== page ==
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Crimson River Tattoo


Words by Katrina Swee| Photography by Gio Panlilio

It’s a rare occasion for these women to be in the studio at the same time. The artists often work in pairs, inking a select few on different days of the week. However, despite the distance, I entered the bright, red-painted walk-up to a whole lot of laughter as they were spilling the tea. It was like nothing changed in the last year—just a bunch of girlfriends circled comfortably around each other, catching up. They were excited to be together again. 


Works of art from painted skateboards and framed prints to pieces made by creatives and friends filled the walls; a collection of oddities, vinyls, plants, and kewpie dolls sat in all corners, adding a personal touch to the parlor.


This used to be Gigie Santiago’s private studio, back when she was still part of the 55tinta family. After years of practice, she made the decision to work on her own. The mother of two has now established herself in the industry for her blackwork tattoos and is sought after by many Manileños who wish to be inked.


In November 2020, Gigie chose to fulfil her dream of setting up a women-led studio while using her space to help other artists cope. As her fellow women tattooers closed their studios one by one, she believed it was the time to transform Crimson River Tattoo from a one woman show to a tattoo collective. And like many other creatives coming together to support one another during this time, Annie Concepcion, Drew Cortez, Kara Gonzales, Wiji Lacsamana, and Jelly Levine joined, not only to become a formidable team in the industry, but to learn and grow together, much like a sisterhood.

With the pandemic, our lives have all shifted in one way or another. How has tattooing proven more significant in your life?

Annie: I realized that I needed it. Financially, that’s a given but also as part of a routine. I feel like…it’s like you’re not safe or hindi mapakali kasi walang ginagawa sa bahay unlike when you’re at work, you’re creating art, tattooing, doing something. Days before that, you’d also be working on designs.

Drew: Tattooing is also our current way of connecting with other people since we’re in isolation. It’s not like before when we could meet and tattoo many clients. We are able to reach out and make new connections through work.

Wiji: When the pandemic happened, I assumed less people would be tattooed but I haven’t seen a decrease at all. A lot of my clients now kind of regret not doing what they wanted to do when things were normal. Now they’re more open and say, “let’s just do it!”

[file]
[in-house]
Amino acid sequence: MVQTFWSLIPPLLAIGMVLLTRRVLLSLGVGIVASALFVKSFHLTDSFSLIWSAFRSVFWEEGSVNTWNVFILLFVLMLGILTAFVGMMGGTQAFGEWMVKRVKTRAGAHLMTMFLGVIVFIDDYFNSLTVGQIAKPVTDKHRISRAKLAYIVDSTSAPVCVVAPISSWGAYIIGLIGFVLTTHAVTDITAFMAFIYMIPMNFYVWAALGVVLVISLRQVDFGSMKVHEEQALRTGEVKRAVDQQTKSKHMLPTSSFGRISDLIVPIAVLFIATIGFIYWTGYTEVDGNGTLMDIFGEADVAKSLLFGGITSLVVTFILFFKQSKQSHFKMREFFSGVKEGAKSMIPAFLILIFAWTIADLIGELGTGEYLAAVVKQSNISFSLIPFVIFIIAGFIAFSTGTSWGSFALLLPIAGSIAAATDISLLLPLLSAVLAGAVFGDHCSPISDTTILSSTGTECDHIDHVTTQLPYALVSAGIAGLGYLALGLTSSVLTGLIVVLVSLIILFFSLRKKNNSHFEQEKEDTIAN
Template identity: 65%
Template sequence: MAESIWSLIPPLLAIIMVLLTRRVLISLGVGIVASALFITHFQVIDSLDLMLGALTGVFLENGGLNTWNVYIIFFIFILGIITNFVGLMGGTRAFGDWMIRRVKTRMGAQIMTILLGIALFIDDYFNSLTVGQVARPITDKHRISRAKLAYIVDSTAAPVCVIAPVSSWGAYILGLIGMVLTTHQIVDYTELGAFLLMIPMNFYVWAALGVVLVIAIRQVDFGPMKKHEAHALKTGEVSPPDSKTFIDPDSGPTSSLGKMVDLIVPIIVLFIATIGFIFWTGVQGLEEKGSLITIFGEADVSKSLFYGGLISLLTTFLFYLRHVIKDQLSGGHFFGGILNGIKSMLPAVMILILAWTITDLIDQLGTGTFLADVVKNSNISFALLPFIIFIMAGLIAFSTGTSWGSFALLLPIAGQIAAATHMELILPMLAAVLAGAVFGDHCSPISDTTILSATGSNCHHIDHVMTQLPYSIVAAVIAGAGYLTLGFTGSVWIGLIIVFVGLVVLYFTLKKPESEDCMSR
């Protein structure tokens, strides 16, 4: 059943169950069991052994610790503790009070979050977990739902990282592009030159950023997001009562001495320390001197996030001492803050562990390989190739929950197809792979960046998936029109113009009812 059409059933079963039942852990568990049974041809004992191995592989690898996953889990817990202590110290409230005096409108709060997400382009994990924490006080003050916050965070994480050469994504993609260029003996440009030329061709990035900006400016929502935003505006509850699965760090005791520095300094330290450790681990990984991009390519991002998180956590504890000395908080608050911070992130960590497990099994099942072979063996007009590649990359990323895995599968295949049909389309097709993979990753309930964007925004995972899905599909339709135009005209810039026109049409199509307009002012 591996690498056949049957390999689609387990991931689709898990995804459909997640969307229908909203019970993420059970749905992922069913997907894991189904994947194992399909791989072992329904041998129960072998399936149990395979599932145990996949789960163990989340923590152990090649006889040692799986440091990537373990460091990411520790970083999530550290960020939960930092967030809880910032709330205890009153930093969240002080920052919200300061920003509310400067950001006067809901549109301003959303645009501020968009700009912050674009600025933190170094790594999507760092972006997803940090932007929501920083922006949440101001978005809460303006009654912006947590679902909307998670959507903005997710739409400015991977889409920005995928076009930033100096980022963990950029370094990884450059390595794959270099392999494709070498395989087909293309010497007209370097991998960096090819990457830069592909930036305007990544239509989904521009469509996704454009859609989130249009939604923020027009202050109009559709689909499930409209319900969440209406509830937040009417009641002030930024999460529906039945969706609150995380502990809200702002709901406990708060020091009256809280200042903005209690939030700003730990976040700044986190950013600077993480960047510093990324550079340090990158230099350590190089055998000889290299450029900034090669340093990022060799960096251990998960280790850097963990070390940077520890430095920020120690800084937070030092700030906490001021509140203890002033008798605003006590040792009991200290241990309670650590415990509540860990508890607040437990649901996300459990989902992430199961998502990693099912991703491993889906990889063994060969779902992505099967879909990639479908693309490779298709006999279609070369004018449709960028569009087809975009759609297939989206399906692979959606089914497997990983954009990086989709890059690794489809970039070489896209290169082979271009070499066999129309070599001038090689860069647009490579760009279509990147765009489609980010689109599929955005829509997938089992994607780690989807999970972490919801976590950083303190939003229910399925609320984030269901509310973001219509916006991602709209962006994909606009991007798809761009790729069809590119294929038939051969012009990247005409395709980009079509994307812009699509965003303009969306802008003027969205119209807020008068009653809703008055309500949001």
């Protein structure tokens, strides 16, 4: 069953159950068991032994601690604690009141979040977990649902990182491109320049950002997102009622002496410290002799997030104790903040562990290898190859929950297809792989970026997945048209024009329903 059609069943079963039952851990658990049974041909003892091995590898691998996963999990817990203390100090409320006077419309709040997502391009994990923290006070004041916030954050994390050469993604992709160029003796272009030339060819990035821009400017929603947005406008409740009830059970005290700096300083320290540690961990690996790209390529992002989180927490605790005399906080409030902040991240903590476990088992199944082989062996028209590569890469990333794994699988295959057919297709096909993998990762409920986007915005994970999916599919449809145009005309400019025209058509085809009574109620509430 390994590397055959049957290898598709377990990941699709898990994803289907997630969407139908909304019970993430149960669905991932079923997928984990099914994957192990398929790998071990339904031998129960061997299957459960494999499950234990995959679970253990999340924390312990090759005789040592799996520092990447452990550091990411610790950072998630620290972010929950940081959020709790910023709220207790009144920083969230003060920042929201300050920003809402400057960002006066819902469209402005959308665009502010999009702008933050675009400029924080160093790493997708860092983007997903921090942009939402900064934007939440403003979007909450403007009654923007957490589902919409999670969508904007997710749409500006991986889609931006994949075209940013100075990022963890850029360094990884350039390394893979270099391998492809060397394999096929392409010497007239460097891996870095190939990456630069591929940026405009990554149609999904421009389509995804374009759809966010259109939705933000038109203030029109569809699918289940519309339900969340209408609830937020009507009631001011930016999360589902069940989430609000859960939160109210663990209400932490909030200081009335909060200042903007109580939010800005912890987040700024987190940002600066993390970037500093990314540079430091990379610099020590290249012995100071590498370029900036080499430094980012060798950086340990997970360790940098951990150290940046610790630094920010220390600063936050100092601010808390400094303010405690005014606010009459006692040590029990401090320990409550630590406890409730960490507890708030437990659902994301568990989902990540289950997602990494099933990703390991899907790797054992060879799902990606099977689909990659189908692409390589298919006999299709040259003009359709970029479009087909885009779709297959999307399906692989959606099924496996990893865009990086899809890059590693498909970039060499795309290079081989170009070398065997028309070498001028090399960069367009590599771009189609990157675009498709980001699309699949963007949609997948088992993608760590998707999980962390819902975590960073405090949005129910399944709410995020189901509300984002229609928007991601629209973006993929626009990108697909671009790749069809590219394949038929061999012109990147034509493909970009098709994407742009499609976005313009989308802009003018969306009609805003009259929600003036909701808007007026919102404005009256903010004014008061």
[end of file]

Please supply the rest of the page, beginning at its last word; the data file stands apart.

Jelly: I actually only started tattooing during the pandemic. I had a lot of time to myself and then I had this enlightenment that I could do more. I started drawing again and without the help of Gigie, I wouldn’t have been able to start tattooing myself or learn the art.

Kara: It was really difficult for me. I started tattooing in late 2019 so when the pandemic hit, kakakuha lang yung studio and it was in the condo where I was living in. Kasi before, you could do that. Then I had to close the studio and I had no other work anymore because I decided to make it a full time job. It was a big deal for Gigie to invite us all here because it made it easier for us to do what we do. It was our safe space when we were still trying to get a feel of what was happening around us. 


At the start, it was hard to create because we didn’t have any clients and we didn’t know when we could go back to work but eventually when things started up again, it became cathartic. It’s meditative, iba talaga yung feeling. It really makes me happy. 

Wiji: I feel like there was an increase in my creativity but I also feel like that’s my response to panic. When the pandemic hit, I also had to close down my private studio because it was in my house and I have a son. There were a couple of months where I stopped tattooing and started painting and illustrating again. I stopped last year and earlier this year. It’s been very erratic. I try to redirect my anxieties towards being creative and now I’m back, tattooing again.